Each year thereafter on Brigid’s Feast Day, despite reluctance from the Pope, the Brigidine Sisters in Kildare continued to light Her flame in the town square for the day.
For then, the Wheel turned yet again. That year, in Kildare, on St. Brigid’s day, with much ceremony and celebration, including the dedication of a specially commissioned sculpture housing it, Her eternal flame was lit once more, by the president of Ireland, Mary McAleese.
And there it burns to this day.
The local news reports described the sculpture as “a twisted column, which flourishes at the top into large-scale oak leaves, nestled into which there is a bronze acorn cup holding the flame. The use of oak leaves symbolises both the Christian beliefs of St. Brigid and the earlier Druidic worship of the trees.”
Her flame has spread well beyond the shores of Éire, for now there is a worldwide network of many hundreds of flame-keepers, many of whom are associated with the Ord Brighideach International. Its member groups or “cills” have nineteen participants. Each takes a turn, from dusk to dusk (the Celtic days begin at sunset) tending a candle in Her name. On the 20th day, Brighid Herself tends the flame.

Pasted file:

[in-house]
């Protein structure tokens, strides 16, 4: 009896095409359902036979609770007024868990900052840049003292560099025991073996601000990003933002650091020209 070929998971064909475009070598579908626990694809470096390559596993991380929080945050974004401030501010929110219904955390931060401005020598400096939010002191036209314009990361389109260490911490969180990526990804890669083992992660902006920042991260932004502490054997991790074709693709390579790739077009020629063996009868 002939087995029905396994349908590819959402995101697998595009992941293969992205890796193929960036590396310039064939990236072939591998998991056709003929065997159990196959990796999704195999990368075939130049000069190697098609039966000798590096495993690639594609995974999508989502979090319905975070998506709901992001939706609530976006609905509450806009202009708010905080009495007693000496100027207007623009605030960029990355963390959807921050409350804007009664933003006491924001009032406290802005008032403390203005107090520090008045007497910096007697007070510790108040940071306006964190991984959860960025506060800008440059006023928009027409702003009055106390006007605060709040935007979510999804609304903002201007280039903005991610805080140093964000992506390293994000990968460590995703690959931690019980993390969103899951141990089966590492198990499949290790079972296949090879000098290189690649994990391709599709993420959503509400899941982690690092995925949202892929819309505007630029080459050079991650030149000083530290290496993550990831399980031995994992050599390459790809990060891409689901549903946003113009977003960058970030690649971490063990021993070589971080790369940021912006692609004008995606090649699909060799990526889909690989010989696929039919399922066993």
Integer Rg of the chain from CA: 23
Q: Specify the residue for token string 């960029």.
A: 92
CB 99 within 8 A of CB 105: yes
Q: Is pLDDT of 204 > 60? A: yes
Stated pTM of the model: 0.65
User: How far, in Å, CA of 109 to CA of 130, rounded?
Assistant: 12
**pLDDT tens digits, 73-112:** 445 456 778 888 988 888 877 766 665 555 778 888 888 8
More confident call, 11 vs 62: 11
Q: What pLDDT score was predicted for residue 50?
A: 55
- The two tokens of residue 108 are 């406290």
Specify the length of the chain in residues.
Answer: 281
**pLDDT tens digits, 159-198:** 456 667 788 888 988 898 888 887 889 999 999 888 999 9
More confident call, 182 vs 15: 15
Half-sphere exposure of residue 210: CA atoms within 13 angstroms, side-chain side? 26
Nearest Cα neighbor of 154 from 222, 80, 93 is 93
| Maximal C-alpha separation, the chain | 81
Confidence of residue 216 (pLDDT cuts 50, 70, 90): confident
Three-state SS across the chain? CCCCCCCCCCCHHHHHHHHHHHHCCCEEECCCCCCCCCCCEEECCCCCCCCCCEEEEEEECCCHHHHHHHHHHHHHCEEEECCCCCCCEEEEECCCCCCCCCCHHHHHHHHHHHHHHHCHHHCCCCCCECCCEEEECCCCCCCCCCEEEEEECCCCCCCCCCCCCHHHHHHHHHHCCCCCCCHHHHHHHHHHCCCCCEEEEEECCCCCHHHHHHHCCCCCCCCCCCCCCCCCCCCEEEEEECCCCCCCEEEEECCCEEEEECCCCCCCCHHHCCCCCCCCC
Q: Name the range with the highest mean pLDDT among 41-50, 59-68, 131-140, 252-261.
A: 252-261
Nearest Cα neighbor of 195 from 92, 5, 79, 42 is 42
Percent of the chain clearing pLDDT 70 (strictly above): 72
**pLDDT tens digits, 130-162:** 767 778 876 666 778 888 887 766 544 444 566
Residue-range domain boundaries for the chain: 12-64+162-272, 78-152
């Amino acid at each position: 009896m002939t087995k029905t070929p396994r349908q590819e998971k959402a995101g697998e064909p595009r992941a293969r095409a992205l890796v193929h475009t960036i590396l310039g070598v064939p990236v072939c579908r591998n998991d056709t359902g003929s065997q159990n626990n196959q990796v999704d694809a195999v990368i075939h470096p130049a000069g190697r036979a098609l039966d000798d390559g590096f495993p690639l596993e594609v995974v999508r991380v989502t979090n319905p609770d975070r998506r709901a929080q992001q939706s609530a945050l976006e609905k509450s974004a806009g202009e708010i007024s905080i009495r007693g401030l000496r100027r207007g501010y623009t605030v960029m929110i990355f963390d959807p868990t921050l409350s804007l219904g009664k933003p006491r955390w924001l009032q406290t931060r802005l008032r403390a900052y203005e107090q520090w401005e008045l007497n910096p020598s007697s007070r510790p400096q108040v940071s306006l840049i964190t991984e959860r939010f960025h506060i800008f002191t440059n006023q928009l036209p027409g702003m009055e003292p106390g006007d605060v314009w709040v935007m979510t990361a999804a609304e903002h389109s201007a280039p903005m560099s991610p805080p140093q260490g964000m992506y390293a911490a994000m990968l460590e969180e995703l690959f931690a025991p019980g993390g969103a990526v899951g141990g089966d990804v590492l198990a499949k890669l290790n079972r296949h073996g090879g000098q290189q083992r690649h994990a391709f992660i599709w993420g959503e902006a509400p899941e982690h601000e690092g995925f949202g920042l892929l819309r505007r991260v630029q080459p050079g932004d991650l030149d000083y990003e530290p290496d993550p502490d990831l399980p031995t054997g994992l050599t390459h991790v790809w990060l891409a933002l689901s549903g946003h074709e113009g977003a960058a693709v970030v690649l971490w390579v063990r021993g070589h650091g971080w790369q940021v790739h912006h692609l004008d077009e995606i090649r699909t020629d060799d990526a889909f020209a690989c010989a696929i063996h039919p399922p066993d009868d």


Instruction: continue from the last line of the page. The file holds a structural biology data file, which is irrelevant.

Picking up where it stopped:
This is in harmony with the Brigidine flame-keeping cycle kept at KIldare, although is not associated with the Catholic Church.
For a treasure trove of lore, and countless beautiful suggestions for ways to honor Her through ritual and sacred intention, I highly recommend the book by my friend and priestess, Lunaea Weatherstone: Tending Brigid’s Flame: Awaken to the Celtic Goddess of Hearth, Temple, and Forge.
Thou Shining Woman of Gentleness
Brighid presides over all transformations: birth and brewing, metal-smithing and poetry, and the passage from Winter to Spring. Her name may be derived from Gaelic “breo aigit” meaning “fiery arrow.” Her name is noticeably similar to the Sanskrit derivation “Brahti” which means “exalted one.”
The gifts of Brighid transcend spiritual path and culture. Brighid inspires us to become more than we have ever been – to reach for the greatest potential that exists in each of us. Her Flame is given to us for inspiration. It lights the path from the dark of Winter to the promise of Spring.
It illuminates us to see and know our ancient, true history. Hers is the purifying fire that heals our wounds, forges new strength, and weaves creativity and art into our lives.
May Brighid the Shining One bless you with Her hope and power. May the waters of healing in your life flow freely and clearly; may the Light illuminate your path. May we, with our lives, ensure that Her holy fire burns forever more.